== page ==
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Shame; Tearjerker Microstory GRP
Topic Started: Thu May 24, 2018 4:19 am (28 Views)
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(OOC: This brief tale is from Pyx's youth.)

Pyx waited outside the schoolroom, his gangly form a taught bowstring of nervous energy. He shifted his weight from foot to foot, placed his hands in his pockets and pulled them back out, ran his hands through his hair, and paced from side to side. A thrush sang exuberantly in the gardens nearby, and the loose stones that lined the path clacked lightly beneath his feet. The bird's sweet song was a delightful herald to his afternoon, and he smiled eagerly. All was certain to go well.

She stepped outside the door; the light of his earth, the first thought of his day. She wore a purple dress, and silver beads in her dark hair. They had shared a classroom for two years. He had loaned her a quill, and she had liked his flute-playing. She had helped him with an assignment, and he had shared his mother's baking. She was the cleverest girl in their year, and a goddess to mere mortals compared to all the rest.

Now was his chance; he was lucky, she was alone. The thrush sang eagerly, delightedly. Pyx had planned his request, it would be perfect. Good afternoon, my lady, with a charming bow, presenting flowers. Might you do me the honor of accompanying me to the summer picnic?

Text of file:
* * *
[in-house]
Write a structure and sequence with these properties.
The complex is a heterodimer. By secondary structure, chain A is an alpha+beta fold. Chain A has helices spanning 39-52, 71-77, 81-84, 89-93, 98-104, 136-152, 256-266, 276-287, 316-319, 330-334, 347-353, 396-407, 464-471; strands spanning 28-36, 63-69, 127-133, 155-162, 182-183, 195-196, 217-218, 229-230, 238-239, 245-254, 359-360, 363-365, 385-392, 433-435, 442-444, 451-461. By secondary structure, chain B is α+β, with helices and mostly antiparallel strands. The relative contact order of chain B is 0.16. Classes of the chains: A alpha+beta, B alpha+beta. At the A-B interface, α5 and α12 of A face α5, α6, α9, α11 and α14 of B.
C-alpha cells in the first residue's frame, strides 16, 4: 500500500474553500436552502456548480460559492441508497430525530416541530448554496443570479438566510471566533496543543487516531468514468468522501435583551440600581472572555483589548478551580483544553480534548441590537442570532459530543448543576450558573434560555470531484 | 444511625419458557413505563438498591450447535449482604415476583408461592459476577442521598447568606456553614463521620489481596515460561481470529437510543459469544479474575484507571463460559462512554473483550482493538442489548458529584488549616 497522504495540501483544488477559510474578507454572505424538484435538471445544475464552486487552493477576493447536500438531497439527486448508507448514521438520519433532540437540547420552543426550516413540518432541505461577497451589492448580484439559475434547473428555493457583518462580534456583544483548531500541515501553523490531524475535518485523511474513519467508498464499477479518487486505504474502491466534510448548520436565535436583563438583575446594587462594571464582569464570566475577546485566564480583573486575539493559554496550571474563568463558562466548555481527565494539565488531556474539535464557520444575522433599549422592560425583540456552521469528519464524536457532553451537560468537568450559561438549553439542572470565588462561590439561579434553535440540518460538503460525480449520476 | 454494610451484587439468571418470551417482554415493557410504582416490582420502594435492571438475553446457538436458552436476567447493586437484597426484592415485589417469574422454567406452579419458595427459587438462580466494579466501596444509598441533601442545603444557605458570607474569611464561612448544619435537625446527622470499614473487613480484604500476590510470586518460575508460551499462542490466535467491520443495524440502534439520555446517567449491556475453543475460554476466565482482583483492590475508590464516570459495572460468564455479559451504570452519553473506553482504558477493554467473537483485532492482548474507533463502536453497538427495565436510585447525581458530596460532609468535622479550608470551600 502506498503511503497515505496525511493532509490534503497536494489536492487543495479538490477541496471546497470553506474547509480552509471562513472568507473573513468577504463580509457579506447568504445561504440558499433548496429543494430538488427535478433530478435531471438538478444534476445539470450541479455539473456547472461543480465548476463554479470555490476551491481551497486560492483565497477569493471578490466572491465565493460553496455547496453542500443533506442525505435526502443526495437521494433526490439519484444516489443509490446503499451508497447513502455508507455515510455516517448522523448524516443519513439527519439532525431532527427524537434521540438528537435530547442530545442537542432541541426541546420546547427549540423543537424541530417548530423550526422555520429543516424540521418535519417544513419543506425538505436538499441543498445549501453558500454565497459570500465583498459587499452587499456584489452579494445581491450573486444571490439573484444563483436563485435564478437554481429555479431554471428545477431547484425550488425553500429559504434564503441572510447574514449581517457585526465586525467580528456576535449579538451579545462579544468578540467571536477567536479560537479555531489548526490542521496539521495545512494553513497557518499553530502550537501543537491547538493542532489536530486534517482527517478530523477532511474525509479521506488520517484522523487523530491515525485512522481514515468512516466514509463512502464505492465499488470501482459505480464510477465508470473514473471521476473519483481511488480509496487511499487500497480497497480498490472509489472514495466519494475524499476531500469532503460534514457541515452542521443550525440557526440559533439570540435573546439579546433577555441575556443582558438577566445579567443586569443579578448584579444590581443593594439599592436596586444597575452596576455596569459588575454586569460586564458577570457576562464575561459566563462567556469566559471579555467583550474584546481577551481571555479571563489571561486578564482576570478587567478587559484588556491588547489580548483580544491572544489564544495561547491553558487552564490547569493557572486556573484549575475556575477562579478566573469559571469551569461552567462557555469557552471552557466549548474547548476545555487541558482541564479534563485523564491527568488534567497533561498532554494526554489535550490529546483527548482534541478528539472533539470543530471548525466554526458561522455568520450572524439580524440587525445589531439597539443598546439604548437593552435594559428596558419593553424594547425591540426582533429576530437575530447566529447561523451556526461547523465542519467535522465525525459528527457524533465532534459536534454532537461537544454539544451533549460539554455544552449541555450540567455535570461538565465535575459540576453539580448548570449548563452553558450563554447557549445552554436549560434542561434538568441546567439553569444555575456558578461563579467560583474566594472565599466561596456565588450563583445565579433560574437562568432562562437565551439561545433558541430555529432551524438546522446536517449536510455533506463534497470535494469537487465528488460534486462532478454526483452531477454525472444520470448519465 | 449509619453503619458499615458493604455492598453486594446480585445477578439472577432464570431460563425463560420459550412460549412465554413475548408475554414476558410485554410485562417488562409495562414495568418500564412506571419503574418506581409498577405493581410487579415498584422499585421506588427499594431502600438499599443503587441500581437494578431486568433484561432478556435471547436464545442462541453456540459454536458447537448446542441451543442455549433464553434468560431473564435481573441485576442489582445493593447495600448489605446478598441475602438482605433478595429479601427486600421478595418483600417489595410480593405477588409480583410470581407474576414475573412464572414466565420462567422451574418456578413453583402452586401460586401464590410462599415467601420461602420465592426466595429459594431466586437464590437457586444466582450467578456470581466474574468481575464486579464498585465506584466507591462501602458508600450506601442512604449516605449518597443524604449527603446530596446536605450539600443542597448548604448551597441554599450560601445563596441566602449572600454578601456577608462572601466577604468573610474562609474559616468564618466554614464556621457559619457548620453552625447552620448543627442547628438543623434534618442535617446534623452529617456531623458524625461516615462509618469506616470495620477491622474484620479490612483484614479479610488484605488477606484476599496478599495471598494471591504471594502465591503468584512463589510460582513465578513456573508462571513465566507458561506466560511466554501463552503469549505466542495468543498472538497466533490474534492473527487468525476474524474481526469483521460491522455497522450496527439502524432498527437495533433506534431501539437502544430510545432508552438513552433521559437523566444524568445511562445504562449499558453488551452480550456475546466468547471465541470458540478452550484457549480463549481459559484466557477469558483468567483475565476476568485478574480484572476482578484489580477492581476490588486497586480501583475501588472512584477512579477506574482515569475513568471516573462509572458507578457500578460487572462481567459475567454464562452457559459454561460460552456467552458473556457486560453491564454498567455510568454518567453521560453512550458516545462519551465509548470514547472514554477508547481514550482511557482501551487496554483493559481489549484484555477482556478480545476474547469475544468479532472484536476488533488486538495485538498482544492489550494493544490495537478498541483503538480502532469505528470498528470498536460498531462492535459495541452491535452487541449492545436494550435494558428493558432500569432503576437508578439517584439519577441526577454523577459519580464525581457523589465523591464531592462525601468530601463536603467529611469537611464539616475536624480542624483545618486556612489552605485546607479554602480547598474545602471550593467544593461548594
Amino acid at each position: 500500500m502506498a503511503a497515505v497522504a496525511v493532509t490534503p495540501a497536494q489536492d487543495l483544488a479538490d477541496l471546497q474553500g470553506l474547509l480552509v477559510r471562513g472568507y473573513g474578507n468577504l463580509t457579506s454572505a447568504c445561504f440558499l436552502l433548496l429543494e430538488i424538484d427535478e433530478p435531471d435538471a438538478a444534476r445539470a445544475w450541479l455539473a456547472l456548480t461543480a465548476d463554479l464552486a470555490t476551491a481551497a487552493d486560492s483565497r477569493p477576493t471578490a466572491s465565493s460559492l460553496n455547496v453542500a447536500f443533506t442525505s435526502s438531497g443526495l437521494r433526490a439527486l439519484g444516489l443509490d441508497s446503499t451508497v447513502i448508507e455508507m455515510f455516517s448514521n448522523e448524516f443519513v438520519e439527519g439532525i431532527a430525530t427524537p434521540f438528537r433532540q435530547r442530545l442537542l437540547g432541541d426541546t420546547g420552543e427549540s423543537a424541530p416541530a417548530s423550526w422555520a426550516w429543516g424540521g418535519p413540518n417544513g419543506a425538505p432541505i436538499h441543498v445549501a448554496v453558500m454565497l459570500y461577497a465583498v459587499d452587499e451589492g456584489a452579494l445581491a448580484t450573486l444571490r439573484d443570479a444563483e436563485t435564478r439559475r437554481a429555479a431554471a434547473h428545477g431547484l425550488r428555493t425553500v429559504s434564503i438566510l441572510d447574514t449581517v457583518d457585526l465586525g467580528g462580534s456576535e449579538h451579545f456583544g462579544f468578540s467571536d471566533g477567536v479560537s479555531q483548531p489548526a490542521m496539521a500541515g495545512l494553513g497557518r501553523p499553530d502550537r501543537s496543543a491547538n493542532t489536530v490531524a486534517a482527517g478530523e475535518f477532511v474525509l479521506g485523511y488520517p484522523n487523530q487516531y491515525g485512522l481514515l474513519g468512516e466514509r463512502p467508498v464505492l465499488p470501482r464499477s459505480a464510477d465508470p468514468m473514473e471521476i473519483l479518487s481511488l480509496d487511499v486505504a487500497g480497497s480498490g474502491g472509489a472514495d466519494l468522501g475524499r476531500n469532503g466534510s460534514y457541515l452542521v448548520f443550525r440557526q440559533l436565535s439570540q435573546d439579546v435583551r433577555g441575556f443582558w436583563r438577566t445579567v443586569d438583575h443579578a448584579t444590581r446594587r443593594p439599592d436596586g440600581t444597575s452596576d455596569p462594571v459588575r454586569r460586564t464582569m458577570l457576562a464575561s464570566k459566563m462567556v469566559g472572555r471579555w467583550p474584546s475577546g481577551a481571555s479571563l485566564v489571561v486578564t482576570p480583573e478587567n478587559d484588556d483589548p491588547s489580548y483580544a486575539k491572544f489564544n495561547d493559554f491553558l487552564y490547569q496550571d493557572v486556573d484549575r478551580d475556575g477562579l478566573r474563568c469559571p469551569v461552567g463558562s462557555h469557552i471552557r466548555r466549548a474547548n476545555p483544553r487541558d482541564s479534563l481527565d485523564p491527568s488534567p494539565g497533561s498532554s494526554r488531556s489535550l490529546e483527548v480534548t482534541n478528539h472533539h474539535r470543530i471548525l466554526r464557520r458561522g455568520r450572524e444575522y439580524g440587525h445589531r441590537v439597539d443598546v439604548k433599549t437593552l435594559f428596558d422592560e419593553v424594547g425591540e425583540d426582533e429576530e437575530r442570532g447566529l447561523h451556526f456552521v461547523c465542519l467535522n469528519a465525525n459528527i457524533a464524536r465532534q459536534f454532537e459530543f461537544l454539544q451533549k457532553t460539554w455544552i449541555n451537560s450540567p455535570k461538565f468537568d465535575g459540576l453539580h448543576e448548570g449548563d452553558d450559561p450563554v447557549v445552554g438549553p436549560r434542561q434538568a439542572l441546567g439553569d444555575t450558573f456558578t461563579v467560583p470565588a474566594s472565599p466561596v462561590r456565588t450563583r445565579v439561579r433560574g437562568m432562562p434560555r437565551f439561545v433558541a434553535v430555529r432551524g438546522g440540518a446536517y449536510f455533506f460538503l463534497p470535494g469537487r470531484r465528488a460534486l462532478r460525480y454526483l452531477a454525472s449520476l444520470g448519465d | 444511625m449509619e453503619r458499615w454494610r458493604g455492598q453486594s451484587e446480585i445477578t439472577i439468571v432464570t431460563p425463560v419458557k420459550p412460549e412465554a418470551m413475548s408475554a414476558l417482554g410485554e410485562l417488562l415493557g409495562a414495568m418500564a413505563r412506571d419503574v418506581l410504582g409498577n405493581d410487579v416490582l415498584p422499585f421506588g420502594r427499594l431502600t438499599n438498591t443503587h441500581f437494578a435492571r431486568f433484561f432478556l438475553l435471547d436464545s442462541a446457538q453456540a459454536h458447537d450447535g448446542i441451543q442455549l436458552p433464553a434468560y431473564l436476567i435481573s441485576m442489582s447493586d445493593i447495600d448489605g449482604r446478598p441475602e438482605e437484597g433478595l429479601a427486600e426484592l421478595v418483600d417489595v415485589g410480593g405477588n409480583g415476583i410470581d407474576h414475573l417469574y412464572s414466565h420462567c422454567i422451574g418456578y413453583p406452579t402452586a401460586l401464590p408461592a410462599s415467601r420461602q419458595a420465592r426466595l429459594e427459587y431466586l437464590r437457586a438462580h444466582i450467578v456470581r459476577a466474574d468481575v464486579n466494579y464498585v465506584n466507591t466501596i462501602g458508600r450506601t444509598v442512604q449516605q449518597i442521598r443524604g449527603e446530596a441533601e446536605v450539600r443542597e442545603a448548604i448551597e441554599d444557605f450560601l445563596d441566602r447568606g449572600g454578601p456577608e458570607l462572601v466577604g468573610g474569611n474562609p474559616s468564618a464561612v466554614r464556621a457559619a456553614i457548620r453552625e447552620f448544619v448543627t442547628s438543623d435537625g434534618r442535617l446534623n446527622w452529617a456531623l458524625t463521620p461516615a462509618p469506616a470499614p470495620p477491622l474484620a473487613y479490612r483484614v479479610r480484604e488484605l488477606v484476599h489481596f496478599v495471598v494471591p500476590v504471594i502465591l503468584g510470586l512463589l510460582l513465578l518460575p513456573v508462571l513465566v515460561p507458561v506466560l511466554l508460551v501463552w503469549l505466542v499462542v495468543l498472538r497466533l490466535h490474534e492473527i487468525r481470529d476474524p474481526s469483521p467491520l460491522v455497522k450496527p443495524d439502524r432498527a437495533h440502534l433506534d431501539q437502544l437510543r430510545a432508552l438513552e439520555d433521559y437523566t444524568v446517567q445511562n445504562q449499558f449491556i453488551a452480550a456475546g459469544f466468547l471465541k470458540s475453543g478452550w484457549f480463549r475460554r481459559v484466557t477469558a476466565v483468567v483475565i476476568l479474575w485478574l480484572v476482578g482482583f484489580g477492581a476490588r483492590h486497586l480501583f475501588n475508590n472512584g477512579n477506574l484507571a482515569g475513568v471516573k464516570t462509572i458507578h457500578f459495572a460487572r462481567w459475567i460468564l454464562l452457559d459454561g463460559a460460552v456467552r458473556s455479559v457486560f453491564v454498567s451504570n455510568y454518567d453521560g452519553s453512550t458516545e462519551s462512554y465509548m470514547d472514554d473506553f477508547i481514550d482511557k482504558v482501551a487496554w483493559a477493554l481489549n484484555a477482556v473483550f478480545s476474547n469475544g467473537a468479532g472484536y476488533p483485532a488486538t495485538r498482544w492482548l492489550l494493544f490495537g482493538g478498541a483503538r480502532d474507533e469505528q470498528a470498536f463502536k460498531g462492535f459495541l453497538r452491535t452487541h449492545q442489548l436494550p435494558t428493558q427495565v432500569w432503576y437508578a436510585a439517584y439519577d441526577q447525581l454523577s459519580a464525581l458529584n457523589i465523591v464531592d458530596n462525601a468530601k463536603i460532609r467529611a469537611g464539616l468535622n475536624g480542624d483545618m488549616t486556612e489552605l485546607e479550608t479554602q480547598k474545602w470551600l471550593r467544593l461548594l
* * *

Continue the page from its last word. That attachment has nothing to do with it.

She approached. Their eyes met in passing, as those of acquaintances will, and she smiled politely. Pyx stepped forward with purpose, and presented her with the flowers he'd plucked from his family's garden that morning.

The girl stopped, looking in surprise at Pyx. His hair was a mess from his restless fussing. The flowers he presented had been picked too long ago and had wilted terribly, their heads sagging and petals falling to the ground. She and Pyx both realized the sad state of the bouquet at once, and Pyx stuttered regretfully. "Um," he said, blushing bright red. "Sorry. I- I guess I'm not very good with flowers. They're for you. Or they were, if you want them, though you might not, now."

She stared at him, perfectly still. He stuttered on. "I wa- wanted to ask if you would... that is, it would be an honor... would y- you accompany me tomorrow, at the picnic?" Perhaps not as graceful as he had planned, but what did that matter? The question was out, and his heart raced in anticipation. She was his friend, his light, his match. She would understand.

She walked away as gloriously as she had come. The thrush continued its song eagerly, its delight contrasting so vividly with his despair that he hated it with the utmost intensity. In a rush of frustration he picked up a stone from the path and hurled it haphazardly in the direction of the bird.

Its song stopped.

Pyx froze. He somehow knew the foolish, horrible thing he had just done. He walked to where the body of the bird lay lifeless on the ground. It was his fault. She had seen through his unworthy character, she had been right to walk away. What a fool he was.
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